Queen Elizabeth II’s death last week shocked the UK and the Commonwealth – and understandably so. Anyone under 75 or 80 has never known anything besides Her Majesty being our Head of State.
Following her passing, many things that define Britain will change, including the monarch's face on our stamps, banknotes and coins. Even the classic 'EIIR’ symbols will be replaced on all newly-installed red post boxes.
Because all these things bear her identity, they have become quintessential symbols of Britishness over the last seven decades.
The same can be said of Her Majesty’s cars.
It can be no coincidence that vehicles used by the Queen, such as Bentleys, Rolls-Royces and Land Rovers, have become the embodiment of the Great British automotive industry.
As she was known before her ascendency to the throne, Princess Elizabeth was no stranger to life under the bonnet either, training as a driver and mechanic in her mid-teen years as part of her contribution to Britain's war effort.
No doubt inspired by this, and despite us seeing her being chauffeur-driven a lot of the time as Queen, she was known to be a keen driver.
Her experience gained during World War Two meant she was adept at driving rugged off-road vehicles from a young age. And she could often be found at the wheel of Land Rover Defenders, especially at her beautiful Sandringham Estate in Norfolk.
Once you include the various Range Rovers she's had over the years, it's believed she owned around 30 vehicles bearing Land Rover badges in her lifetime.
The Queen's fleet has included countless cars: Rovers, Aston Martins, Jaguars and, more recently, a Bentley Bentayga.
Not all have necessarily been driven by her, though. Charles, our new King, was known to be fond of Aston Martins, for example, and likely did most of the driving in the family’s 2003 Vanquish.
Indeed, Charles was so fond of his 1969 DB6 that, when he was criticised for driving it while developing his passion as an environmentalist, Aston Martin rebuilt the car’s engine so it could be run on white wine wastage instead of unleaded.
Sadly, when it comes to most of the Queen’s well-known cars, it’s unlikely she has ever driven any of them, but they at least gave rise to any occasion and were, quite literally, fit for a Queen.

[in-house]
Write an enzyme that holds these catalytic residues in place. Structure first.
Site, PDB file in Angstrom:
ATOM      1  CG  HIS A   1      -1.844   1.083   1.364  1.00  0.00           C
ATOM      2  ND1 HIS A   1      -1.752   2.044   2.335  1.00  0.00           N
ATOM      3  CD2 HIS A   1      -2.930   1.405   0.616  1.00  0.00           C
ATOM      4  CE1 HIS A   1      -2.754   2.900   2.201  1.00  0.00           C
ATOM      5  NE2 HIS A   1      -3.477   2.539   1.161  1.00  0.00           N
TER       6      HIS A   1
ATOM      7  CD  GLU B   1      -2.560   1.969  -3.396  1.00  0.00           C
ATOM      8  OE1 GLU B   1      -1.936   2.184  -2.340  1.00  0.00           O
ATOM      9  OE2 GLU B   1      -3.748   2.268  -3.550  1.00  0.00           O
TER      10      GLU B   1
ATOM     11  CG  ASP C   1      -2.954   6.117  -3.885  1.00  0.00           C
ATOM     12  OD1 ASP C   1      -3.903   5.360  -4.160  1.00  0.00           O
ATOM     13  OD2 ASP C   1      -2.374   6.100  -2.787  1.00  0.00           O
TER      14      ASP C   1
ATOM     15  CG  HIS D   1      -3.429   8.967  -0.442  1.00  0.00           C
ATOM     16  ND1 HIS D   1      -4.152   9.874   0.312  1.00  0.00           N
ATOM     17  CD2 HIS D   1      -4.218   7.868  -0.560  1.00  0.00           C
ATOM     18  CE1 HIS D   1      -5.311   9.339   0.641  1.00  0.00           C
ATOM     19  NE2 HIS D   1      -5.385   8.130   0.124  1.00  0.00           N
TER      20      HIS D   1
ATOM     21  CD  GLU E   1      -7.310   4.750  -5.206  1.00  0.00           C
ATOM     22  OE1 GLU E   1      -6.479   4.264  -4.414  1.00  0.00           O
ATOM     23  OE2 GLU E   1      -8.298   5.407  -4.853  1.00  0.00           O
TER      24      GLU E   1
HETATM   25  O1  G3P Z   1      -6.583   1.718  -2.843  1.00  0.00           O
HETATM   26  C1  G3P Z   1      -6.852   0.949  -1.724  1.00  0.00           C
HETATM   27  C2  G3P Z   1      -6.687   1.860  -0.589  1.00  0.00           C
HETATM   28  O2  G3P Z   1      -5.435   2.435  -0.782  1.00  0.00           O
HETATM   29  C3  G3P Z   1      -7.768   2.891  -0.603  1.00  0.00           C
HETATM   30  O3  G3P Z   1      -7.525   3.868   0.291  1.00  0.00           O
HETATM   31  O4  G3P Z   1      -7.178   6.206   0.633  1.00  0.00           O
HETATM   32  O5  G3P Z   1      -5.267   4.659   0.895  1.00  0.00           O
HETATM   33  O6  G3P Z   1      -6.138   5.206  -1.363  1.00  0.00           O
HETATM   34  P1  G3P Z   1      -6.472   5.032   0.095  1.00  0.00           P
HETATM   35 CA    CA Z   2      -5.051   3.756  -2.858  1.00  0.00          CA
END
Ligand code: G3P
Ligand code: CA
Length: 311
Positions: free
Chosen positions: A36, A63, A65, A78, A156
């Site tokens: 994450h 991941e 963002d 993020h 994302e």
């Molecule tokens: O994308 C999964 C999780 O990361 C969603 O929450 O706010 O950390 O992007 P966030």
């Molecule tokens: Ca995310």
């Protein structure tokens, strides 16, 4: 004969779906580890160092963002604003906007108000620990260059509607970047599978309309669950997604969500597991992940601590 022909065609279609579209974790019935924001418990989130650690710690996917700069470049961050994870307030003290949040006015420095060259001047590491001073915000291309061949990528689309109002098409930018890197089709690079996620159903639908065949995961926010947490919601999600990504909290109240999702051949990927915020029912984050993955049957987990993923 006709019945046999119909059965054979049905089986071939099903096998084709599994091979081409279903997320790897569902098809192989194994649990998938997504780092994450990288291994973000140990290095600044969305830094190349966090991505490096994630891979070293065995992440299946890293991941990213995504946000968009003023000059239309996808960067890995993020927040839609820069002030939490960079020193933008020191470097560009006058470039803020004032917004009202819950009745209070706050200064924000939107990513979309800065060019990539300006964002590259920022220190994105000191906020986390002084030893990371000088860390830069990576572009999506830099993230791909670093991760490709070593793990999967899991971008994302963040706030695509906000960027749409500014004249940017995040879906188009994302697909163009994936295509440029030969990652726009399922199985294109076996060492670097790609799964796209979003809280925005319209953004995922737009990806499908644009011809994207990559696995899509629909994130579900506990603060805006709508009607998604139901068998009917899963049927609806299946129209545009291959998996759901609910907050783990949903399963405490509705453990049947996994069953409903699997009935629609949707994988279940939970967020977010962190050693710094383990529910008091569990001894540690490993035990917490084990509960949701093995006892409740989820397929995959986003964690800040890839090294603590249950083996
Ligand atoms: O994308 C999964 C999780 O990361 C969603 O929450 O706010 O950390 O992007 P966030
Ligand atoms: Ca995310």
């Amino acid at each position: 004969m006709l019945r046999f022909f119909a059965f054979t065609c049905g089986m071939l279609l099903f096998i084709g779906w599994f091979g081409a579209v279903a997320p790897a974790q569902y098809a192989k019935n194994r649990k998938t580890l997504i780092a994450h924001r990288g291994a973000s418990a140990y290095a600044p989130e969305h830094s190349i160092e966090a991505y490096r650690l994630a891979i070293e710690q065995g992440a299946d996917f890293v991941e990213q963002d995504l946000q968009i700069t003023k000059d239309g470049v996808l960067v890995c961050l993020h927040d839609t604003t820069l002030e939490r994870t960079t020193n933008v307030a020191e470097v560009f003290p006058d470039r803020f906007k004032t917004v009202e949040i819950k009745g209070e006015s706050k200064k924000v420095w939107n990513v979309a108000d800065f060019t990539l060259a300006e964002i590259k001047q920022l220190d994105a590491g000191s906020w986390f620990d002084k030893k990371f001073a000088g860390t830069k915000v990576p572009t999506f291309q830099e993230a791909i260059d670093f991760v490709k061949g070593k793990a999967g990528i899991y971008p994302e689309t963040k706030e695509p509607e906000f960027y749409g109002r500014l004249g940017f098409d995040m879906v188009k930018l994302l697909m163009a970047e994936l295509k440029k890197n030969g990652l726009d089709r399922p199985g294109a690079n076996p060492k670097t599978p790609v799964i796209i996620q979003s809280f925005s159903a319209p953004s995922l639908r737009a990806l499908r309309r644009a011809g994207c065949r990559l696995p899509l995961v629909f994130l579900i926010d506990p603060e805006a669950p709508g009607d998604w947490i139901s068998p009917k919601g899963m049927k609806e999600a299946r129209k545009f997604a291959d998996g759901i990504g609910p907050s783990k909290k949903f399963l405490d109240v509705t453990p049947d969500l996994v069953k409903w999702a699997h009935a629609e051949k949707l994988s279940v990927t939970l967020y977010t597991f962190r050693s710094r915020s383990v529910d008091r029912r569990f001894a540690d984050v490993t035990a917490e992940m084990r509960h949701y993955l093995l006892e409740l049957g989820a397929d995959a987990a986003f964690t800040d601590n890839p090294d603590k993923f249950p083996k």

When the cameras were on her at public engagements, she was chauffeured in vehicles known as State Cars, which included three mid-20th century Rolls-Royce Phantoms.
It is said that, when her 1955 Phantom IV was being built, care had to be taken to ensure it would fit inside the garage of Britannia, the Royal Yacht, as the car was needed for tours of foreign countries.
The bumpers had to be removed from the later Phantom V model, of which two models were received in 1960 and 1961, to enable it to fit on board.
One of the Phantom V models is still part of the five-strong state car fleet today, along with two Phantom VI models, which she took delivery of in 1978 and 1987
The Queen’s most recent state car acquisitions are now 20 years old. Both are 6.7-litre V8-powered 400PS Bentley State Limousines with armoured glass and doors, specially built by Bentley for her Golden Jubilee in 2002.
Each is said to be worth around £10 million.
In the same year, she took delivery of her third Range Rover Landaulet, which was replaced by a new modified hybrid variant in 2015.
This special car, known officially as a ‘State Review’ vehicle, provides a convertible top at the back, which can be removed, allowing the rear seat passengers to stand up, through the gap in the roof, to wave to crowds.
Three more Range Rovers joined the wider Royal fleet earlier this year.
The Queen also owned a Daimler Super Eight, although most would recognise it as a long-wheelbase variant of the Jaguar XJ.
A Vauxhall Cresta PA Estate was still in her possession at the time of her passing and is kept at Sandringham in Norfolk. She also had a Cresta PC Estate for those who appreciate the difference.
Likewise, a Rover P5 and P5B were once owned by Her Majesty, while more Daimlers and Jaguars have followed since, including two stretched limousine variants of the latest Jaguar XJ, which were added to the fleet of Royal cars in 2012.
Around five years ago, she was photographed heading to church in Windsor at the wheel of a Jaguar X-Type Estate, still driving herself at the tender age of 91.
She had impeccable taste in cars and, as life goes on without her, we are confident her fondness for four wheels with live on with King Charles III.
The Queen was known to have a great sense of humour and, given her unblemished record behind the wheel, there is one piece of irony which is sure to raise a smile.
Because driving licences were, strictly speaking, issued in her name, she was exempt from needing one herself.
As a result, despite compulsory testing being introduced just after her ninth birthday, the Queen never had to pass a driving test either.
It is abundantly clear, though, that she'd have faced no obstacles if she did.